mation on "hemicellulose" should be examined and compared because,
as has been seen, these hemicelluloses may or may not be representa-
tive of the hemicelluloses present in plants.
Hemicellulose was originally thought to be a precursor of cellu-
lose, hence the name hemi cellulose. While the reasoning has been
proven wrong, the name persists. Cellulose is a linear polymer of
8-1-4 linked D-glucose units; repeating unit 4-0-$-D-glucopyranosyl-D-
glucopyranose, cellobiose (Bailey, 1973). Hemicellulose is composed
of two major groups of polysaccharides: pentosans and non-cellulosic
Bailey (1973) reviewed the literature on chemical composition
of hemicellulose from which the following information is taken. The
pentosans are primarily based on xylose. They appear to be linear
chains of 8-1-4 linked D-xylopyranose units; repeating unit 4-0-8-D-
xylanopyranosyl-D xylopyranose, xylobiose. To these chains are
attached L-arabinose, D-glucuronic acid or its 4-0-methyl ether,
D-galactose and possibly D-glucose. These sugars are usually single
side chains but may be connecting points for further branching, par-
ticularly via L-arabinose. Here also, is where the linkages with
lignin polymers occur via ferulic acid, other phenolic acids or
their esters (Wilkie, 1979; Morrison, 1980).
The hexosans in forage grasses are primarily mannans, either
glucomannans or galactoglucomannans. These are linear chains of
8-1-4 linked D-glucose and D-mannose. The glucomannans are usually
free of other sugars, the galactoglucomannans have a-linked galactose
side chains. There has also been some evidence (Fraser and Wilkie,
1971; Wilkie and Woo, 1976) of the presence of linear chains of
s-linked D-glucose units which are not cellulosic. The glucans
have both 8-1-3 and 8-1-4 linkages. The ratio of the 1-3 to 1-4
linkages in the glucans in any one tissue falls as the plant matures
(Buchala et al., 1972). A more thorough discussion of the structural
features in hemicelluloses can be found in a review chapter by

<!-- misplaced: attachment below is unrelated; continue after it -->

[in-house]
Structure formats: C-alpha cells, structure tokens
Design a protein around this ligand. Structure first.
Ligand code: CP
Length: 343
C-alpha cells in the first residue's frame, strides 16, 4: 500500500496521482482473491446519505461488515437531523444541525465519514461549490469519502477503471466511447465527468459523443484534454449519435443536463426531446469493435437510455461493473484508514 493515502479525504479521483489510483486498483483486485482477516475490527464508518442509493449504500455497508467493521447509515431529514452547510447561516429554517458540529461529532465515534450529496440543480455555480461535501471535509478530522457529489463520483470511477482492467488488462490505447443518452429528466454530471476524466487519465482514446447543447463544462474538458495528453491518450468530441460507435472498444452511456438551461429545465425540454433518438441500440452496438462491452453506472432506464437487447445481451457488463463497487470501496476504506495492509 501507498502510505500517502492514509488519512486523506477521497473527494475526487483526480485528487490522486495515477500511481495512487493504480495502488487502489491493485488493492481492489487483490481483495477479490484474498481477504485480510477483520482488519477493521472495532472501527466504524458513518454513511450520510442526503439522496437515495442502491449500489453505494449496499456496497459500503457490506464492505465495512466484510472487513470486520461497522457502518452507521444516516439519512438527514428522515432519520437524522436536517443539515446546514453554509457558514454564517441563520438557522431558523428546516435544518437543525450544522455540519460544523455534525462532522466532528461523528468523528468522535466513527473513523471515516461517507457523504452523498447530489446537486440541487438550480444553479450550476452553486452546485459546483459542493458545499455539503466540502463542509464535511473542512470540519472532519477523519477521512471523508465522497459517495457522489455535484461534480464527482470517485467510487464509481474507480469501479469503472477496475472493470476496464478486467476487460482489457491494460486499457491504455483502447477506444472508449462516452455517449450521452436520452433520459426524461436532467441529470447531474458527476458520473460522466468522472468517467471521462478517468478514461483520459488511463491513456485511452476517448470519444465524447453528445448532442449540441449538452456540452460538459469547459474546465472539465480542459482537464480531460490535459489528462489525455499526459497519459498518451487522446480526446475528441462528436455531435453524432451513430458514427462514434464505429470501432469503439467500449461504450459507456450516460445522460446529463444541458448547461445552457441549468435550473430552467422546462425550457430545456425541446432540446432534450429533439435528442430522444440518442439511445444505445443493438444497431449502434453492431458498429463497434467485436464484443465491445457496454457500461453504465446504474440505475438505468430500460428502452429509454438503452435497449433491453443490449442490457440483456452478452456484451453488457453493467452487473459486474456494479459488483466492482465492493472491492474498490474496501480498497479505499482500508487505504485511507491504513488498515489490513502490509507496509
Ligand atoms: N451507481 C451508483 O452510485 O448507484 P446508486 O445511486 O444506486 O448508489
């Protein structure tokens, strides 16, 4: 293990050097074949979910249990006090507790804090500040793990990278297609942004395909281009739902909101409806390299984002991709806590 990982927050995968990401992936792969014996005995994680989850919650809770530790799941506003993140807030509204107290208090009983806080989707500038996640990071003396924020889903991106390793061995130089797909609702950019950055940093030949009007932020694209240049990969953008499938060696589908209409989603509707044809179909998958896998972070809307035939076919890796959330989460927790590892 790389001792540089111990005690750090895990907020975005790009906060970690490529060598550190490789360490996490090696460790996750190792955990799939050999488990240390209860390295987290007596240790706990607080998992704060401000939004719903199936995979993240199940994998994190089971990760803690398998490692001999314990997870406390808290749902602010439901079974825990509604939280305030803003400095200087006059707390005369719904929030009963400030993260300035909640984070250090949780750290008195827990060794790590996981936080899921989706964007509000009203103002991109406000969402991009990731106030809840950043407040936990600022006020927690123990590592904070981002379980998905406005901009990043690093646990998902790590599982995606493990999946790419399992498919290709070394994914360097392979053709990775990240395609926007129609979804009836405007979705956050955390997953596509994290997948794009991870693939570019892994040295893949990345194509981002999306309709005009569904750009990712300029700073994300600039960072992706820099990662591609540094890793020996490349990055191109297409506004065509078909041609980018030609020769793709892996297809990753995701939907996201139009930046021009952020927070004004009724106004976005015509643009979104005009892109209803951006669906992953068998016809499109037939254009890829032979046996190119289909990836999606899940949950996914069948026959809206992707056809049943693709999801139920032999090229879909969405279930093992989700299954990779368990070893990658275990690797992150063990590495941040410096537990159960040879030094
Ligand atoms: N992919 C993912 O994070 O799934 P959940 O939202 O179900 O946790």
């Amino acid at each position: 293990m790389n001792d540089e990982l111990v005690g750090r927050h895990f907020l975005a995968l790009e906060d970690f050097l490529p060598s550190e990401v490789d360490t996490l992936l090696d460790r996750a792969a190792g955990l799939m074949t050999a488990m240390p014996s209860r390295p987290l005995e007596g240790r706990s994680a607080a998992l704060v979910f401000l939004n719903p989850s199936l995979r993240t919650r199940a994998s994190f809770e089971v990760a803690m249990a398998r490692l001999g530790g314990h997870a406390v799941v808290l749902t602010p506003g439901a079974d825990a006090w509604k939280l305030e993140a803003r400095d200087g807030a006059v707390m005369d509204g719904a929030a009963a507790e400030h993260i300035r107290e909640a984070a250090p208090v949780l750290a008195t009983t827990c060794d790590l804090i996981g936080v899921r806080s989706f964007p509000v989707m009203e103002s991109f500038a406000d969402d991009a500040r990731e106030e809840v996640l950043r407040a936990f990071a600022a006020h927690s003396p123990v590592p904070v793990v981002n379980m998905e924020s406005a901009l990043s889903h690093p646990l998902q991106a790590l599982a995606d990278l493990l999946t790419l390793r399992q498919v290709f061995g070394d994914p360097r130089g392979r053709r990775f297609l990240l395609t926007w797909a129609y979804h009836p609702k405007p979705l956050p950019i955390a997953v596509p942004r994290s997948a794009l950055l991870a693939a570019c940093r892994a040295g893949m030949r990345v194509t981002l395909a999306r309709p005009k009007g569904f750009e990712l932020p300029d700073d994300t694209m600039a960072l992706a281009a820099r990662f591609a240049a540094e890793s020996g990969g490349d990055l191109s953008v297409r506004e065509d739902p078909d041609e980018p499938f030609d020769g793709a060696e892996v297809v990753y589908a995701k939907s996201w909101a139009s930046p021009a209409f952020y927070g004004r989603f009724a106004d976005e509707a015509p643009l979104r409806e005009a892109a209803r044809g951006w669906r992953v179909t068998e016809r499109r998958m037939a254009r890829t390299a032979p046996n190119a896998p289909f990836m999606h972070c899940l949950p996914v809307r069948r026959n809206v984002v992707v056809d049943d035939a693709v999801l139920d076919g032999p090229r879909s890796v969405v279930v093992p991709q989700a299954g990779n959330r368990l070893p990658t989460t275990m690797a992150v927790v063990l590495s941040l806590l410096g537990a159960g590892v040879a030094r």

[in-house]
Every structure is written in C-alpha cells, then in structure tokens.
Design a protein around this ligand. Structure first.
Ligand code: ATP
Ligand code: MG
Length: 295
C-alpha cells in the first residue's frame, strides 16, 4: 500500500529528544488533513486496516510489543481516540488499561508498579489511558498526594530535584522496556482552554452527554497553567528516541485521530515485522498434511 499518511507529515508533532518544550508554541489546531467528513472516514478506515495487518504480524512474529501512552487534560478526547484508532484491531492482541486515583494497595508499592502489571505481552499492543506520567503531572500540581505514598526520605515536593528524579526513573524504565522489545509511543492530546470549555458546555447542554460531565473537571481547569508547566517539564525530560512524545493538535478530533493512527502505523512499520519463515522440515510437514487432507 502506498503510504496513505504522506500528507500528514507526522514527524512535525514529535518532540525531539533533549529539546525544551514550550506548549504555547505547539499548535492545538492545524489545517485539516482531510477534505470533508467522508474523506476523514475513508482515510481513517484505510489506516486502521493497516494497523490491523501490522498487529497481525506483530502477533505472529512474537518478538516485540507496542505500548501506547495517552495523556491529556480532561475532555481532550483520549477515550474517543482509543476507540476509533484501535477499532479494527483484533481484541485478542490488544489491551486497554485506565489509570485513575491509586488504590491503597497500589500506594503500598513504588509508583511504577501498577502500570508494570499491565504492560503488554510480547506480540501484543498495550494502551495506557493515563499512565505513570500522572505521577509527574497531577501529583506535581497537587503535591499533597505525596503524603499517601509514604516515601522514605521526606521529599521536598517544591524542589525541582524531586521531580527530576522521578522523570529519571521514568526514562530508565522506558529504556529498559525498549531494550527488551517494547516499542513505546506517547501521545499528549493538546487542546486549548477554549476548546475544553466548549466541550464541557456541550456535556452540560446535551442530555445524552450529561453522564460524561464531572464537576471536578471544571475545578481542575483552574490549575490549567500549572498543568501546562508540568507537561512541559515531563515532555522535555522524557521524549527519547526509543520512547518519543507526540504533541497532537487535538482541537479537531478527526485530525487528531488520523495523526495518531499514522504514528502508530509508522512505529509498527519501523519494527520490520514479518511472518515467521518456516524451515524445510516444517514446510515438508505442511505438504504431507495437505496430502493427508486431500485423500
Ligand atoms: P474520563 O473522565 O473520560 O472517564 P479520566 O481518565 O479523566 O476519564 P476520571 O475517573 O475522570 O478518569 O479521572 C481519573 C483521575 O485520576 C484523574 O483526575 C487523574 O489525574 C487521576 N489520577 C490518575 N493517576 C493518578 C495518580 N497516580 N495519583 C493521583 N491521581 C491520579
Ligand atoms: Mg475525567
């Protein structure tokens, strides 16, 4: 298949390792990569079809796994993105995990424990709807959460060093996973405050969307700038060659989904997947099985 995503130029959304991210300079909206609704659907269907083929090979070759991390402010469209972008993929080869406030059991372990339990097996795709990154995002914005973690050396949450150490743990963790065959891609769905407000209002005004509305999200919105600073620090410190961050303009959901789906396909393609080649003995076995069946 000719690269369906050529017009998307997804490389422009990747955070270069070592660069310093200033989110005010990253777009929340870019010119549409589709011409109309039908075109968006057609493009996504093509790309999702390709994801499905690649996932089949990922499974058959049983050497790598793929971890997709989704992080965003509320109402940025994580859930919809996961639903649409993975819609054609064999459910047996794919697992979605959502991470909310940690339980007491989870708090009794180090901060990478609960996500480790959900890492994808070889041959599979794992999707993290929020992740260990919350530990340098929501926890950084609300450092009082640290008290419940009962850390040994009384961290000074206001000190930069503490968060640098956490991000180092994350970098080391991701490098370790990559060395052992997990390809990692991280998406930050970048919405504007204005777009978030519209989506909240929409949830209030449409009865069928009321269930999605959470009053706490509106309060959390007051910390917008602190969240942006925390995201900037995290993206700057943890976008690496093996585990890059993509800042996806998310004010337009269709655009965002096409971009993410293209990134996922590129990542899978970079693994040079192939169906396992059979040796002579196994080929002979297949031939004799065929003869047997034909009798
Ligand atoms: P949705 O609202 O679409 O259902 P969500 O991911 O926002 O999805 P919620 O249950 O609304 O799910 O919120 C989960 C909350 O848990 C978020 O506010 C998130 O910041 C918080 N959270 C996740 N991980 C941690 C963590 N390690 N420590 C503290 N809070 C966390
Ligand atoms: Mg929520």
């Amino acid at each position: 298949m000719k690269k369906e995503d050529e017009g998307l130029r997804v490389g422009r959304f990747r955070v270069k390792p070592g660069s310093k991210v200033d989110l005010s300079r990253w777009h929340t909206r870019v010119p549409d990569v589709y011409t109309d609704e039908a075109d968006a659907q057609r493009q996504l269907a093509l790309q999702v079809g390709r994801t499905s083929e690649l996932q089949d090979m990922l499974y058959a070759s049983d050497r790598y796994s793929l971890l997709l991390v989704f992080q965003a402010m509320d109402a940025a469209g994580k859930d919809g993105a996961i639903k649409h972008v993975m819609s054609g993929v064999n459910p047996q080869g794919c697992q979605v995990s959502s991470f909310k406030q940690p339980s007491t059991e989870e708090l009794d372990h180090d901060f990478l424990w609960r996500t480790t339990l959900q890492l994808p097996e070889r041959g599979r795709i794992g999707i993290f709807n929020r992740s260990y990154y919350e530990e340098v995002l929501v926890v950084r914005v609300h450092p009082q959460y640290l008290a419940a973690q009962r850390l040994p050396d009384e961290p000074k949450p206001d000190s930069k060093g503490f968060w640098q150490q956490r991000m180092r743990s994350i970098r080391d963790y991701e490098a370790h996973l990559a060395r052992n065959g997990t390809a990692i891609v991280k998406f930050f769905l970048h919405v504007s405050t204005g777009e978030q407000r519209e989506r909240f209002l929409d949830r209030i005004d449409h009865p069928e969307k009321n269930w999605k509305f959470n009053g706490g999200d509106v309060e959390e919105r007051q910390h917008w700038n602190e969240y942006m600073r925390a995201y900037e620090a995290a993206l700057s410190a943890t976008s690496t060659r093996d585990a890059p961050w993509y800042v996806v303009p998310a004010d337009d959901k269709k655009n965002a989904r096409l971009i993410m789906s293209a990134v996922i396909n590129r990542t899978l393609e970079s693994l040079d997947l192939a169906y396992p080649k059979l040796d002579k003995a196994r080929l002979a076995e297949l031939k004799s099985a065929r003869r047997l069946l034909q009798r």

Albersheim and coworkers (Bauer et al., 1973; Keegstra et al.,
1973; Talmadge et al., 1973) working with dicotyledonous plants
have developed a cell wall model. The cellulose fibers are linked
together by other polysaccharides, in particular, hemicellulosic
xyloglucans which completely cover the cellulose fibrils (Albersheim,
1978). Their preliminary work on grasses suggests that a model of
the cell wall for monocotyledonous plants will be similar to that
for dicots. The dominant hemicellulosic polysaccharide in primary
cell walls of monocots is an arabinoxylan rather than a xyloglucan
(Albersheim, 1978). A modified cell wall model (Bailey et al., 1976)
proposes that much of the hemicellulose and all of the pectin is not
linked to other CWC and only some of the hemicellulose is bonded to
glycoprotein and cellulose. They also point out that cellulose is
not the only crystalline structure and that hemicellulosic xylan is
capable of forming a crystalline structure.
Hemicellulose in Plants
Hemicelluloses comprise from 10 30% of the total dry matter
in temperate and tropical grasses (Bailey, 1973) and from 30 60%
of the cell wall in tropical grasses (Hartadi, 1980; Bailey and
Connor, 1973; Russo et al., 1981). While it is difficult to compare
hemicellulose values reported by various researchers due to differ-
ences in definitions and procedures, it appears that grasses contain
more hemicellulose than legumes (Bailey, 1973). Further, the
hemicellulose in grasses is different structurally from legumes.
Gaillard (1965) reported that the hemicellulose A fraction of
grasses was primarily an arabinoxylan while in legumes it was a
xylan with some uronic acids. Legumes seem to have more uronic
acids than grasses and some additional sugars such as rhamnose which
are not present in grasses (Gaillard, 1965; Collings and Yokoyama,
1979). Lignin has long been noted to be higher in legumes while
seemingly having less effect on the digestibility of legumes than it
does on grasses. Gordon and Gaillard (1976) suggest that this
difference could be due to the different types of hemicellulose
present in grasses and legumes and the subsequent differences in
The hemicellulose content of a plant changes with growth and
maturity. The most marked change in hemicellulose composition in a
grass is in the growth period before changing from a vegetative to a
floral morphology (Bailey and Connor, 1973). It is expected that
hemicellulose content will increase with maturation. Bailey (1973)
reported on several studies with temperate grasses where the increase
in hemicellulose with age was associated with in increase in stem
tissue. For tropical grasses, however, seasonal changes did not
appear so great, the hemicellulose content remaining about the same
in spite of increasing cell wall content and increasing proportion
The greatest change in hemicellulose content occurs during
growth. The leaves of speargrass (Heteropogon contortus) at vegeta-